Rogers said she decided to reach out to Gifford to see if there was a way to help Manlove, who she said had gone through a difficult time in the preceding months: the district attorney had recently lost her father, former Laramie County District Judge Ed Grant; and Manlove's best friend and colleague, Angela Dougherty, had died suddenly of an aneurysm inside the DA's office. Gifford organized the meeting between Freudenthal, Speight and Manlove.
But when Harper told her things hadn't materially changed following the "intervention," Rogers said she and her fellow judges decided to write their letter.
Melchior pointed out to both judges that their letter had been filed with Bar Counsel on Dec. 21, 2020. On the following day, Gifford filed his petition to suspend Manlove's license.
Rogers, who was described as the "point of contact" between the Laramie County judges and Gifford, said she knew Gifford intended to use the letter in his petition, but that was not why she and her colleagues wrote it.
Sharpe and Rogers said they didn't have any motivation outside of expressing concern to Bar Counsel when they wrote their letter – they said it was up to the Bar to investigate the claims. After follow-up questioning by the hearing panel members Wednesday, both judges said they'd had a professional duty to report their apprehensions.
Rogers also described incidents in which Manlove failed to show up on time for hearings or had errors in court filings, which Melchior characterized as her and the other judges being "overly critical."
During cross-examination, Melchior asked both Sharpe and Rogers why they hadn't simply gone to Manlove to discuss their concerns, or tried to verify Harper and other attorneys' claims before going to the Bar. Sharpe said he had no reason to disbelieve Harper, as he understood her to be close friends with Manlove and that she had a strong desire to be a prosecutor.
The judges had reached a conclusion based on hearsay, Melchior argued, assuming what they called a "mass exodus" from Manlove's office must be because of her behavior. He said Manlove would give the other side of the story later in the hearing.
Manlove has previously said the high turnover in her office is largely because of a heavy workload common in prosecutors' offices and a consequence of state budget cuts.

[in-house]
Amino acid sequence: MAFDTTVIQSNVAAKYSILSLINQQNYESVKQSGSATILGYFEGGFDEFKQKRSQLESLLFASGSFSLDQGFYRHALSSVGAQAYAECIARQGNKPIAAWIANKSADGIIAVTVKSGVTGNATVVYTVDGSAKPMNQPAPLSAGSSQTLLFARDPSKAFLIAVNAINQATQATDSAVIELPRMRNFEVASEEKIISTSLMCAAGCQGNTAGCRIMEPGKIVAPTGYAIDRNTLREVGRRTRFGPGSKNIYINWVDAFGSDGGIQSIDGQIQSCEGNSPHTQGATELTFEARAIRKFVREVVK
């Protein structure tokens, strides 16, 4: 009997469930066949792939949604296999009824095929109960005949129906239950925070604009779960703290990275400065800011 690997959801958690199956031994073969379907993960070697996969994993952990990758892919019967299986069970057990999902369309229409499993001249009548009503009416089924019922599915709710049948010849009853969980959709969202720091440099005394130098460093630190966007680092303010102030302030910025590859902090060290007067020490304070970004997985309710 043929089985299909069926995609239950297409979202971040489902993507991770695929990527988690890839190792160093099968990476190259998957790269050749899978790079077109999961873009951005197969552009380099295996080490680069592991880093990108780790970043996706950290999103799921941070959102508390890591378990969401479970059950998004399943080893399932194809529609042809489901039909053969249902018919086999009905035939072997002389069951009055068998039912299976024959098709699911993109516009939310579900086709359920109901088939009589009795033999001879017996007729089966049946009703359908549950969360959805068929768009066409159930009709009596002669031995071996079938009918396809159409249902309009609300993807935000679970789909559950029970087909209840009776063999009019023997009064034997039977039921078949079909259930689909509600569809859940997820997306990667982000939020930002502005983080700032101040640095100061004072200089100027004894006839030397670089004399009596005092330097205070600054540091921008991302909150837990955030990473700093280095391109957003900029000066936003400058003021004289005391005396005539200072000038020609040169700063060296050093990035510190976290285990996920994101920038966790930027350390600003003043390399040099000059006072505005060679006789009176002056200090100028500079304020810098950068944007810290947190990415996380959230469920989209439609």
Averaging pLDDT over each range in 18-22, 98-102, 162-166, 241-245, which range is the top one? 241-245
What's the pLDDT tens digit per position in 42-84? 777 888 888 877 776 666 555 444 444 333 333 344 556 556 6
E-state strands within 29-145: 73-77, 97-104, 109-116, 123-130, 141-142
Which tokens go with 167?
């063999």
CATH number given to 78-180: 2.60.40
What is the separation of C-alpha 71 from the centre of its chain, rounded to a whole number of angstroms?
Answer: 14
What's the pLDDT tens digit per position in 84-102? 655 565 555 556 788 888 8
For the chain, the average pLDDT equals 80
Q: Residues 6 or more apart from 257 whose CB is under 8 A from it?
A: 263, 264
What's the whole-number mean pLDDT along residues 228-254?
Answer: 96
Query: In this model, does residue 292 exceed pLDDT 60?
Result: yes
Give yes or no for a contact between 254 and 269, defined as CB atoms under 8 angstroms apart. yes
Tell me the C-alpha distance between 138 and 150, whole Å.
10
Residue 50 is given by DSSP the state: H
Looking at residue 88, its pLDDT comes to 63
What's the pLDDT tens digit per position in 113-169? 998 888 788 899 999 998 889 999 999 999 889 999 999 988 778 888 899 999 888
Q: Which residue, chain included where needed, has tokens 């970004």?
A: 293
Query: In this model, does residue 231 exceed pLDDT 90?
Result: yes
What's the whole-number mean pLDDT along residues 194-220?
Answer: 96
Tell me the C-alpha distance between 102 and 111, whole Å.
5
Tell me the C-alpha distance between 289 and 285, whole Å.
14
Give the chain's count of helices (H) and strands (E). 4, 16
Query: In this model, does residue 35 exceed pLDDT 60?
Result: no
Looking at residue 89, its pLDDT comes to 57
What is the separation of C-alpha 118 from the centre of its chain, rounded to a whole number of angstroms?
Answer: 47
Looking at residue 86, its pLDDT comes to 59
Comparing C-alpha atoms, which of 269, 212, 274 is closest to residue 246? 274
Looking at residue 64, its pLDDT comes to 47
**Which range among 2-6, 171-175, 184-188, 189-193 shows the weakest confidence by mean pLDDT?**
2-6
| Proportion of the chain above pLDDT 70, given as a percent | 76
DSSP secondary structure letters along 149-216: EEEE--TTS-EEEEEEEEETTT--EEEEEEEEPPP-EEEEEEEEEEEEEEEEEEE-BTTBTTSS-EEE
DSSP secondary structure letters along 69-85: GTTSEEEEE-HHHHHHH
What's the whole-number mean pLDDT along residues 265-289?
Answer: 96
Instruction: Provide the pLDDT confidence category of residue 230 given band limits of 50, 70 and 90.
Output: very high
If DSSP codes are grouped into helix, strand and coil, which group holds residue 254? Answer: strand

Sharpe, a former prosecutor himself, said he was deeply concerned about what he saw as an effort by Manlove to abdicate her duties as DA after statewide budget cuts sent a 6% reduction her way. In September 2020, Manlove sent an email to Laramie County judges and law enforcement officials, saying her office would only be able to prosecute violent felonies, domestic violence cases, repeat DUIs and felony drug cases, and that law enforcement may be responsible for prosecuting certain cases.
This disturbed Sharpe, he said, because it was not his understanding that prosecutorial discretion allowed for a categorical refusal to take on certain cases. It also seemed to him that it was improper for members of law enforcement, or anyone without a law license that wasn't representing themselves, to prosecute a case.
Melchior argued in his cross-examination that the letter was Manlove's effort to be "completely transparent" about the way budget cuts would affect which cases she chose to prosecute, and that it represented a policy decision by her office.
Still, Sharpe testified that it was problematic to see a DA take the position that she would not be doing 50-60% of her job because of a 6% reduction in budget. He said victims have little to no recourse when their cases aren't taken up by a prosecutor.
"The way she was running her office was hurting people," Sharpe said.
In October 2020, hundreds of cases were dismissed in Laramie County Circuit Court, Sharpe said, and that November, the Wyoming Attorney General's Office inquired of the judges whether their office would be allowed to take on hundreds of tickets issued by the Wyoming Highway Patrol that weren't being prosecuted. In their letter to the Bar, the judges said they weren't sure statute allowed the AG's office to take on such a large number of cases from a district attorney's office.
Manlove also began attaching her September 2020 letter about the budget cuts to motions for dismissal of cases. Judges often struck the letter, saying it was improper because the content of the letter was not specific to each case. Manlove then began incorporating the text of the letter into her motions for dismissal.
Sharpe said it was also not appropriate to use a motion for dismissal to make a "political statement," which he saw as Manlove saying the governor's office should have given her more money.
In November 2020, Sharpe held a hearing in which he asked Manlove to explain why her office had continued to include this "extraneous" information in her motions. Sharpe said Manlove was "very polite" and accepted his criticisms, saying she wouldn't do that anymore.